Spitzer: Regulatory System Was Structurally Flawed But You Can't Legislate Judgement

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From Fareed Zakaria GPS, Eliot Spitzer weighed in on the regulatory system that is in place overseeing Wall Street, the bonuses that have everyone outraged and what he thinks of the job President Obama is doing so far.

ZAKARIA: Was the regulation -- was the regulatory regime in place strong enough? And I'm thinking particularly of the New York Fed, which was headed by Tim Geithner, of the SEC?

Where do you see the flaw having been over the last few years?

SPITZER: Here's my answer to that. The regulatory system was structurally flawed, but that's not why this happened.

After the last round of scandals -- Enron, et al. -- we passed Sarbanes-Oxley. And we said, aha, we've solved the problem. Now we have another set of scandals.

There are enough laws, enough regulations on the books for smart, aggressive regulators and prosecutors to make all the cases. What was missing was judgment. And you can't legislate judgment. You can't regulate judgment. Either the people who are the regulators will walk into a bank and say "Your leverage is too great. We are going to take actions to pull it back," or "This type of investment is flawed," or they won't. You can't pass a law that says, you must use sound judgment.

Bubbles have been there through history, through over-regulation and under-regulation. This is a question of judgment and of failure of judgment.

When I was attorney general, people said, "Oh, you're using this crazy little statute," the Martin Act in New York, "to bring all these cases." The Martin Act had a simple anti-fraud provision. That's all we used.

The federal government has exponentially more regulatory power than we did. What was lacking was the judgment, the tenacity, the desire to rein in a financial system that was spiraling out of control.

ZAKARIA: How do you think President Obama is handling this crisis?

SPITZER: Well, I think he is doing stupendously. I mean, I'm a huge fan of his. I think we all have to be and should be, if only because he has been thrust into a dynamic that is almost impossible.

He is trying to put out not 500 small fires, 500 forest fires simultaneously. And he is addressing them sequentially, trying to keep a political coalition together. But it's very hard.

And I think one of the largest, most difficult tasks that he has is to control the outrage that is brewing in the public -- sympathize with it and garner it, but use it to get good policy, not policy based upon anger.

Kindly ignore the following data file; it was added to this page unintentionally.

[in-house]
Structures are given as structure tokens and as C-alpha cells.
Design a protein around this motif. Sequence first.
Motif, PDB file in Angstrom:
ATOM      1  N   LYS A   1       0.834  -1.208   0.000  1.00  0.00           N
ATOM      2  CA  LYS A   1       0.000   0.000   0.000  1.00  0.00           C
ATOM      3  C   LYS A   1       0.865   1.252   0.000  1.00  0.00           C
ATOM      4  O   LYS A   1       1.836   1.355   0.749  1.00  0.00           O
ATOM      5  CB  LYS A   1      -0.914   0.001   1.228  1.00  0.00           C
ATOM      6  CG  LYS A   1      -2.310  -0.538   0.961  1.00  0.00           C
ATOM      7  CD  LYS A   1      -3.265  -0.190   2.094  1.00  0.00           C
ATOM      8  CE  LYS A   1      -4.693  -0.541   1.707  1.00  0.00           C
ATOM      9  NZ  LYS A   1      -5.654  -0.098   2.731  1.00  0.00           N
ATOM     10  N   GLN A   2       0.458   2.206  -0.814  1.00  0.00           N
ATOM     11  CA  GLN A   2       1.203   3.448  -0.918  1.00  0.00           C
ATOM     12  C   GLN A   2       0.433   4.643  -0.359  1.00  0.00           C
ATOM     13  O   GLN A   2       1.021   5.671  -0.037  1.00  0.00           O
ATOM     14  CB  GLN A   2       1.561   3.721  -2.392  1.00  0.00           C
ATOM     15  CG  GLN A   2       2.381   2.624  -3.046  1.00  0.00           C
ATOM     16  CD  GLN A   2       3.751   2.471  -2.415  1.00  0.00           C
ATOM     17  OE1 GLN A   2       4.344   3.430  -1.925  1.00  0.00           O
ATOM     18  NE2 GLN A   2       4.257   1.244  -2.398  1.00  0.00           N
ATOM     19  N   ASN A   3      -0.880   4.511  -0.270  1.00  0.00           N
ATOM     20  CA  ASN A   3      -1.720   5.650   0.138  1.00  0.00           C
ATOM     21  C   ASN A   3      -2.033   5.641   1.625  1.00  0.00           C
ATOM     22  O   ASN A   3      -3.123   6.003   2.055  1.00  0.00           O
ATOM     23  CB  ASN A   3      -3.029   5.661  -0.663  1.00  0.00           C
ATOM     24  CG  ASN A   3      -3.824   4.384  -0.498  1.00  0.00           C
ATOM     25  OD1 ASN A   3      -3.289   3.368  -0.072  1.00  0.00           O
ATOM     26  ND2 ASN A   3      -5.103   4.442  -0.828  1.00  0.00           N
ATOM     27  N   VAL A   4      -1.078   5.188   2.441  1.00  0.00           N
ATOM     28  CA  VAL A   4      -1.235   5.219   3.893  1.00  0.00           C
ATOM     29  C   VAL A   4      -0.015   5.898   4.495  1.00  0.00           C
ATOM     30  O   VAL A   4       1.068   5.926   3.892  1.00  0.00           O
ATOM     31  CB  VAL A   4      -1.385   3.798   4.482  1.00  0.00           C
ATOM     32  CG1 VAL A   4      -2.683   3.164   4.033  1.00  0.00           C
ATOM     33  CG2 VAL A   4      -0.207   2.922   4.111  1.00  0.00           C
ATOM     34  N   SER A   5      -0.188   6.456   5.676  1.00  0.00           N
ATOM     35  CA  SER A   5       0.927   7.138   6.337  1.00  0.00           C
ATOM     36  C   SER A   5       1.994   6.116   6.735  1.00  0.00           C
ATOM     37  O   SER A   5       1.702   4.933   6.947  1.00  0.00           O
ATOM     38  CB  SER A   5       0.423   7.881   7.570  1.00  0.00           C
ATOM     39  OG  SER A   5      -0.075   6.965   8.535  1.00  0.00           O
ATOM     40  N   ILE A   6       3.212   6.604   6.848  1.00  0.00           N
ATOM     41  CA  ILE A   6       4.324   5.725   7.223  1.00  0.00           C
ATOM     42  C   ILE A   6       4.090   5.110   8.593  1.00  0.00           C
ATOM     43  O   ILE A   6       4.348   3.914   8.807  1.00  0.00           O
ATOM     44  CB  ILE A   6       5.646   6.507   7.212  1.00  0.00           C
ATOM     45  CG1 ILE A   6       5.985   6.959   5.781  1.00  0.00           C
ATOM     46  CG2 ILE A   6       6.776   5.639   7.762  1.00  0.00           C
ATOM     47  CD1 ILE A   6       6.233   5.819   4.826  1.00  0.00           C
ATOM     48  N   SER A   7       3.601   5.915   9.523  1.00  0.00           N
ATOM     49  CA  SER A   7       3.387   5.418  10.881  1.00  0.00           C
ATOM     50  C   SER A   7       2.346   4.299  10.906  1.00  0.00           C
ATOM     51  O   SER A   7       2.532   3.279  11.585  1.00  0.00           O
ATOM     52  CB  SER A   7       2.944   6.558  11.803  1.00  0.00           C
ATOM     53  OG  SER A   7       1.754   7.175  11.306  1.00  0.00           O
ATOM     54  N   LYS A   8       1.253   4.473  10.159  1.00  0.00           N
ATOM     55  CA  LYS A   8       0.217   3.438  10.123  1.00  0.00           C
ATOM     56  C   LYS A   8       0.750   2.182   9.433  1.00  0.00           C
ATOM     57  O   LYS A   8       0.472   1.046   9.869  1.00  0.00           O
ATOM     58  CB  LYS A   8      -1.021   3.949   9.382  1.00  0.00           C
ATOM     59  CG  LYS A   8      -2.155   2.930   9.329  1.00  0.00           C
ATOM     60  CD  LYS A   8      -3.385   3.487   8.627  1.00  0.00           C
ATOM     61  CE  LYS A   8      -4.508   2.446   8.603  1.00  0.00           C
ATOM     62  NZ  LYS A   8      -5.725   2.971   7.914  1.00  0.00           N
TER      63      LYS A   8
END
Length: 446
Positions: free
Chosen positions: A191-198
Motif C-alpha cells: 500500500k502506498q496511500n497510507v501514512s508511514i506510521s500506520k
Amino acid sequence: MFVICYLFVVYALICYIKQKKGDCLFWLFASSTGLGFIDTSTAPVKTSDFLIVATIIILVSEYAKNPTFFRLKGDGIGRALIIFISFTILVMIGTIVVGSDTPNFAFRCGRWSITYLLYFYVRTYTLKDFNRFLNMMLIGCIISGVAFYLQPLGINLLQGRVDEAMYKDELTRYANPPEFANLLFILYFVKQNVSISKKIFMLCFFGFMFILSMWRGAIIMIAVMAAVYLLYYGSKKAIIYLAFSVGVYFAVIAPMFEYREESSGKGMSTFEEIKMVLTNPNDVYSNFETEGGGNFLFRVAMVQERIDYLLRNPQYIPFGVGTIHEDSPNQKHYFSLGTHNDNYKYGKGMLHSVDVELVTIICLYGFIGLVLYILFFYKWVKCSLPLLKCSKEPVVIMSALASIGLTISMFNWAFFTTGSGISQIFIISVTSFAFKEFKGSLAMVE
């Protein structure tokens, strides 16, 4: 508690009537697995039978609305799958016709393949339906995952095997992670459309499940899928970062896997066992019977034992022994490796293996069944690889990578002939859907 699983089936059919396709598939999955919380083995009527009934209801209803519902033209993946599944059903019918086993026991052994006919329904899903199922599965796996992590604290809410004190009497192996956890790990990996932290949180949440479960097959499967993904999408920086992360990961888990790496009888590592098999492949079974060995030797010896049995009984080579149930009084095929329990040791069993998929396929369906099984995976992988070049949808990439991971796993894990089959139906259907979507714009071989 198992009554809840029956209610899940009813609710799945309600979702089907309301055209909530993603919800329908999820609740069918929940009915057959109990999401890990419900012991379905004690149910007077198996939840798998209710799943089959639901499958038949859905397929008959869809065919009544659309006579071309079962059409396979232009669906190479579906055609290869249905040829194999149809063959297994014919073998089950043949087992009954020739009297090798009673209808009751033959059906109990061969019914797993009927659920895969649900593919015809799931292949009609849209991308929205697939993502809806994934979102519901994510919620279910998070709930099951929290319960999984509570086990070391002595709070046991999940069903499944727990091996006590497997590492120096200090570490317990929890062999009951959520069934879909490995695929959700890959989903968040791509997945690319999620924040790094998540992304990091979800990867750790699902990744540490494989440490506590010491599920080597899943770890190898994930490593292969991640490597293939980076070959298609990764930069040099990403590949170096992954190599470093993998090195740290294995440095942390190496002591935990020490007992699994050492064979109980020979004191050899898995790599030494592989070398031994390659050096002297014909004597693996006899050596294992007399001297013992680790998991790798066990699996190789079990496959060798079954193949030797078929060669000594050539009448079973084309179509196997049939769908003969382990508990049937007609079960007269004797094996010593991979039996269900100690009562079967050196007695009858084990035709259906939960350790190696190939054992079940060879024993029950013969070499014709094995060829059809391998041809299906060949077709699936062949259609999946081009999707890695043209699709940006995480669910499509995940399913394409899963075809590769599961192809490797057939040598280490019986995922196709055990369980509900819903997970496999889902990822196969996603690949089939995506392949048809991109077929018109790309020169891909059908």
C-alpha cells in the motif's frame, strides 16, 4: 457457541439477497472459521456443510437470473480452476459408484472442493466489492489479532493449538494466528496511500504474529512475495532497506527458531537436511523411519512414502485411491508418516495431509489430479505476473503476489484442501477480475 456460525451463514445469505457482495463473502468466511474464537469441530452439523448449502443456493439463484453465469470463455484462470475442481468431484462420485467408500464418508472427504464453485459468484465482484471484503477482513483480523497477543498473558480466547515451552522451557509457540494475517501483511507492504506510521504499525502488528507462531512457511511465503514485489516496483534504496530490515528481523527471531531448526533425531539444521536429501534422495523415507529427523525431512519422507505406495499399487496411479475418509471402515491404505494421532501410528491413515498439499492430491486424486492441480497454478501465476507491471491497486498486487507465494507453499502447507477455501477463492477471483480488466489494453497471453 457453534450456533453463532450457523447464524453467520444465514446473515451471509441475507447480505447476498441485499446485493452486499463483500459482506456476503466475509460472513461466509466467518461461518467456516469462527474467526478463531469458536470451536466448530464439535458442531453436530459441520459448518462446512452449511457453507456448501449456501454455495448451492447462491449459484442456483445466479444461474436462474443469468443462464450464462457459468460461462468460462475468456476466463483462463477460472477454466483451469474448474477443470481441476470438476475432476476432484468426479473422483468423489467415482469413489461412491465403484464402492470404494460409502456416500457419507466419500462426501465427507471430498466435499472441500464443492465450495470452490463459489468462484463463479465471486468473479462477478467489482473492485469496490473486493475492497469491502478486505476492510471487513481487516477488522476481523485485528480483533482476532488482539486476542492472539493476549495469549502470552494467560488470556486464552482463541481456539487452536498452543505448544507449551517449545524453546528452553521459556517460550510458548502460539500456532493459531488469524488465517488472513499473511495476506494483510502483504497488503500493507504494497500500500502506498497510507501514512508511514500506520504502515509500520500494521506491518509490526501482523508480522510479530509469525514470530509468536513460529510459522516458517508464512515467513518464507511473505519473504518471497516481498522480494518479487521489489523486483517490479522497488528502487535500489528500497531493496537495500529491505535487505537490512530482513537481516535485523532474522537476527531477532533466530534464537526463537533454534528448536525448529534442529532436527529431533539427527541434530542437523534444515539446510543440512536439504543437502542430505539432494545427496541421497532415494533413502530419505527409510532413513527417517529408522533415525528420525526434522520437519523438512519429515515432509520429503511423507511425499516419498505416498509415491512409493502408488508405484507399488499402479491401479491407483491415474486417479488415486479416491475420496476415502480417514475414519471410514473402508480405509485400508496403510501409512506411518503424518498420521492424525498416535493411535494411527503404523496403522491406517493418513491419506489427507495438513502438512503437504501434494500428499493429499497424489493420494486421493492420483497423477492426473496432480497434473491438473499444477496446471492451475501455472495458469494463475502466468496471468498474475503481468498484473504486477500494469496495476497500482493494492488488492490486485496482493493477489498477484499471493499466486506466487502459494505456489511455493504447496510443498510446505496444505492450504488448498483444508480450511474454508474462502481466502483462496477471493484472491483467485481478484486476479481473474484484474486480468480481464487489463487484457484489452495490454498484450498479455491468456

Populism, if we go to the other extreme -- and we had libertarianism masquerading as capitalism for the past 30 years. That didn't work. And we knew it wouldn't work.

I'm worried that we will go to the other extreme and end up with rank populism. That could be just as dangerous.

And it's very hard to craft the reasoned policies that make the market work without losing the support of the public. That's what he's trying to do. It's a very difficult task.

He is a brilliant communicator and a brilliant leader, and I think we all have to hope that he succeeds.

ZAKARIA: Do you worry about this kind of populist anger when you watch the outrage over the bonuses?

SPITZER: Yes, yes. The outrage is legitimate, but it is being fomented by sort of a faux populism by many on Capitol Hill who saw this coming, who knew this was going on. And so, I look at them and I say, "Come on, guys. You're supposed to be more mature. Express the anger, but then say, how do we solve it? Don't just throw more oil on the fire."

And I am worried about that. And I'm worried that it will be destructive to our capitalist system. And I've said since the very beginning, that my energy was directed at preserving and protecting capitalism.

The libertarians didn't understand it. Populists don't understand it. But capitalism is what we want to preserve.

ZAKARIA: A simple legal question. If you were in a position where you could do something about it, what would you do about the bonuses? Legally, what strategy would you employ?

SPITZER: I think I might go back to a very old tort theory of unjust enrichment -- contract theory, tort theory -- and say, you know what, guys? There's a theory in the law that says -- a couple of theories -- one impossibility saying, AIG just doesn't have the money to pay you. And absent the federal infusion, it wouldn't have it, so we can't pay.

And second I would say, unjust enrichment. You simply don't deserve it. It's an equitable argument. Some courts might go for it, some courts might not.

But as a practical matter, as the president of the United States, I think I would call the CEOs into the Oval Office. And I would say, "Guys, this is untenable. We're all going to have to suck it up a little bit and show the American people that we know what it means to be part of a community, and share the sacrifice. Let's see if we can't solve this without the legal wrangling."

And I bet he could. I have no doubt that President Obama could do that.

ZAKARIA: And we will be back with Eliot Spitzer right after this.


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